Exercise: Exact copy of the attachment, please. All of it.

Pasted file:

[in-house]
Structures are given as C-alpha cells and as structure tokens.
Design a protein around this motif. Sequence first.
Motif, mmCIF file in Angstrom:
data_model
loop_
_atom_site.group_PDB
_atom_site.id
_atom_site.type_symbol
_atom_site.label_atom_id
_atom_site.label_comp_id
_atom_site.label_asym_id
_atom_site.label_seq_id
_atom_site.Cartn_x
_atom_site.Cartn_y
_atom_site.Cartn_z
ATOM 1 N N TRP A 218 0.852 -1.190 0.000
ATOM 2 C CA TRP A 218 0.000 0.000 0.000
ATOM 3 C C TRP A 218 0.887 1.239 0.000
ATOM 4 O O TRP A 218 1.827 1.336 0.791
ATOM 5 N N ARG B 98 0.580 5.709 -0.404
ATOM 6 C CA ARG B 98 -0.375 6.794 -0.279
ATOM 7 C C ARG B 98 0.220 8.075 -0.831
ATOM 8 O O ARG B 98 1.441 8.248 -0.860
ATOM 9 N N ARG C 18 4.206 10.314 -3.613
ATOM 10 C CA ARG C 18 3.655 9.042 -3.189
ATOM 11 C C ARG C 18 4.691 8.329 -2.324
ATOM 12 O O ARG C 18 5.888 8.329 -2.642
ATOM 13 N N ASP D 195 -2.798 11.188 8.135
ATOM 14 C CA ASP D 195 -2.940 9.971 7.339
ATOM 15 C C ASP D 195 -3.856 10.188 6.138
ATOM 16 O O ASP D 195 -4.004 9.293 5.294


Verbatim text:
[in-house]
Structures are given as C-alpha cells and as structure tokens.
Design a protein around this motif. Sequence first.
Motif, mmCIF file in Angstrom:
data_model
loop_
_atom_site.group_PDB
_atom_site.id
_atom_site.type_symbol
_atom_site.label_atom_id
_atom_site.label_comp_id
_atom_site.label_asym_id
_atom_site.label_seq_id
_atom_site.Cartn_x
_atom_site.Cartn_y
_atom_site.Cartn_z
ATOM 1 N N TRP A 218 0.852 -1.190 0.000
ATOM 2 C CA TRP A 218 0.000 0.000 0.000
ATOM 3 C C TRP A 218 0.887 1.239 0.000
ATOM 4 O O TRP A 218 1.827 1.336 0.791
ATOM 5 N N ARG B 98 0.580 5.709 -0.404
ATOM 6 C CA ARG B 98 -0.375 6.794 -0.279
ATOM 7 C C ARG B 98 0.220 8.075 -0.831
ATOM 8 O O ARG B 98 1.441 8.248 -0.860
ATOM 9 N N ARG C 18 4.206 10.314 -3.613
ATOM 10 C CA ARG C 18 3.655 9.042 -3.189
ATOM 11 C C ARG C 18 4.691 8.329 -2.324
ATOM 12 O O ARG C 18 5.888 8.329 -2.642
ATOM 13 N N ASP D 195 -2.798 11.188 8.135
ATOM 14 C CA ASP D 195 -2.940 9.971 7.339
ATOM 15 C C ASP D 195 -3.856 10.188 6.138
ATOM 16 O O ASP D 195 -4.004 9.293 5.294